When I first started coaching, I would often have to talk a new client off the ledge of despair. Their training plan would be overwhelming and they would start to panic about the long runs and workouts.
But these key sessions–which took place in the final few weeks of the plan–wound up being entirely manageable. They just weren’t quite possible yet. The runners had to prepare for those workouts, recover well, and be in better form before they could attempt them. This is why we train. This allows you to grow incrementally and eventually to achieve things you never thought possible. And it all depends on patterning, or properly varying effort throughout a given training week.
I worked with 10 different coaches during high school and college, yet the patterning I experienced for cross country and track remained remarkably similar. Most runners are familiar with the “easy/hard rule”, where effort is divided between days. This rule was the foundation of all our training programs.
This patterning is based on a concept called training density . Once you are familiar with density, it will be easier to plan your training.
Training density reflects the pattern of effort throughout a certain time period. A high density translates into a runner who is doing a lot of quality work, such as long runs or faster workouts. Low density means that the total workload is distributed more evenly and there are fewer quality training sessions.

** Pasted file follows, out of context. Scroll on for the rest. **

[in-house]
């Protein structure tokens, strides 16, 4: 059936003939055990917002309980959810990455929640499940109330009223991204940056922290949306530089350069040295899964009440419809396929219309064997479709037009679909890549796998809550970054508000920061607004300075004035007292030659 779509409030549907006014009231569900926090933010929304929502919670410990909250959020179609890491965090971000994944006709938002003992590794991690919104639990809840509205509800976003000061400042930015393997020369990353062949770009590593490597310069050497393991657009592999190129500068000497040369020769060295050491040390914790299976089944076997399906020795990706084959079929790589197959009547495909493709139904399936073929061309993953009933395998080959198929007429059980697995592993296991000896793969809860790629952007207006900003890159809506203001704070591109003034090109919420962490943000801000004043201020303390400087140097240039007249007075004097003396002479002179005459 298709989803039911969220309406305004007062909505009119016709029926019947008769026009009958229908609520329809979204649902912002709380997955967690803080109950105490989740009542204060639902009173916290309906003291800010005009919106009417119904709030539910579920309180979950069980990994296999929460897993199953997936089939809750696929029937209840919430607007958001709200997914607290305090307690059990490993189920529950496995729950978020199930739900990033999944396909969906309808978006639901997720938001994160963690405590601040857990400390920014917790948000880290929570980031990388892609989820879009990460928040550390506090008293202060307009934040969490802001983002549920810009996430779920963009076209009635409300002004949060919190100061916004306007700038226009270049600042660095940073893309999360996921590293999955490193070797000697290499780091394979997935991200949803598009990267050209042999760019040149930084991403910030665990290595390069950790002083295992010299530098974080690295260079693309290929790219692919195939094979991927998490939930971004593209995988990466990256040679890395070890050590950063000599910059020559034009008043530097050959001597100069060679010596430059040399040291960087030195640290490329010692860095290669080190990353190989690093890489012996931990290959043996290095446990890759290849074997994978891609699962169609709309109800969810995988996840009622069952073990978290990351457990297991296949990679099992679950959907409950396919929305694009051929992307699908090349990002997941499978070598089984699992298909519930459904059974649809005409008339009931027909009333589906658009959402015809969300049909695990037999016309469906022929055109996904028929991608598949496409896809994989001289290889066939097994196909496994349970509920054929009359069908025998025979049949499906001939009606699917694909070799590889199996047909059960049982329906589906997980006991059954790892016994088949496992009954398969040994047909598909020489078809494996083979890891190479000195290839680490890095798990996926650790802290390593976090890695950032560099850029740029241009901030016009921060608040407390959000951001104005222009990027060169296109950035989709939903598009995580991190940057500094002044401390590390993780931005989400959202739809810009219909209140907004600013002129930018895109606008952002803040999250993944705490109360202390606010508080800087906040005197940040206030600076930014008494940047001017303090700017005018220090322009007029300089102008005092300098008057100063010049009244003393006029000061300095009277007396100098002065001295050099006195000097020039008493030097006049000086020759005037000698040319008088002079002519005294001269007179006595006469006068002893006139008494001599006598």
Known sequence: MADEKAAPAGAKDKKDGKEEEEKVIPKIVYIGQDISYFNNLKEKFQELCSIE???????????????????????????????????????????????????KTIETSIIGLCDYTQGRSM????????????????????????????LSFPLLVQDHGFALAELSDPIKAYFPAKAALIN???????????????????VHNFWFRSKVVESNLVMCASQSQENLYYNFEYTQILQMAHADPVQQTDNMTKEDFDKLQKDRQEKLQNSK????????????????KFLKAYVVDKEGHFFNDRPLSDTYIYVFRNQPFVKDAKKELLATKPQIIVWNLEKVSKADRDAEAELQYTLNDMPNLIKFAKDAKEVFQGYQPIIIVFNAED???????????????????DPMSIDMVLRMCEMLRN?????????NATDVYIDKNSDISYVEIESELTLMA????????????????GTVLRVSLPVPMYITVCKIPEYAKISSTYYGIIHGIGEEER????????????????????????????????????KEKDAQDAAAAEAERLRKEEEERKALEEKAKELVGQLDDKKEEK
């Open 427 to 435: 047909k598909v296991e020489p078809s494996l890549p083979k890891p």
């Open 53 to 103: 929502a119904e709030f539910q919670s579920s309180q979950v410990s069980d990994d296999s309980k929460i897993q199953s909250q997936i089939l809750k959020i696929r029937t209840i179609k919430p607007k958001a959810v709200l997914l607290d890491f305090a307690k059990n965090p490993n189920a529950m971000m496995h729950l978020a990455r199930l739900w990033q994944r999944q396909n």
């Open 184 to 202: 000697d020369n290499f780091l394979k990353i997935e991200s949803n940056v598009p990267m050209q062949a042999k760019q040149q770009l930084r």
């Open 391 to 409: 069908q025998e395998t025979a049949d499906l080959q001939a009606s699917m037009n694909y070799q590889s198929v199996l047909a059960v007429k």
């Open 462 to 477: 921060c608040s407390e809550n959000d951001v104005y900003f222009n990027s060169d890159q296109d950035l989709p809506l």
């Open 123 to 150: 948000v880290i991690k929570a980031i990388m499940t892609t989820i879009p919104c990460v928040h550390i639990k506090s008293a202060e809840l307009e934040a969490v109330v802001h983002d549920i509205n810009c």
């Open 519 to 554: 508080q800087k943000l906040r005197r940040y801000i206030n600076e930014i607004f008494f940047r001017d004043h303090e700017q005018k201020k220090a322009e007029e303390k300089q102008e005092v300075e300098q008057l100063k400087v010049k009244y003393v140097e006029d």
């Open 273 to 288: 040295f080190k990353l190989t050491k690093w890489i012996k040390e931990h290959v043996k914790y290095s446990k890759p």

High training density does not mean more difficult workouts or longer runs. This means that key training sessions are more closely spaced, which results in less recovery time between tough days.
A schedule with two workouts per week (faster sessions) and a longer run per week is an example of a high training density schedule. A denser training schedule will require 1-2 days of rest between each quality day.
Training density mistakes are always on the two ends of the workload spectrum. Also, the density can be either too high of too low.
Any runner who is interested in improving their running performance should stress the body enough that it can allow for a physiological adaptation. This could include gaining endurance, strength, speed, and more. This goal is not easy to achieve.
High-density schedules can be objectively too difficult, but they can also be relatively too difficult. A weekly schedule with three or more intense workouts per week is probably too dense, except for elite athletes who are in peak training. A schedule that has back-to-back difficult days and no recovery days is almost always a mistake. However, some schedules may be too challenging for your fitness level if they aren’t too dense. If you’re just starting running, don’t try to do a weekly long-run and two fast workouts per week. It’s safer to limit yourself to one workout.
The flip side to this coin is that too much density in your life will mean you won’t see any improvement. This can lead to stagnating performances because there won’t be enough stress. This can often be seen with runners who don’t run any faster workouts o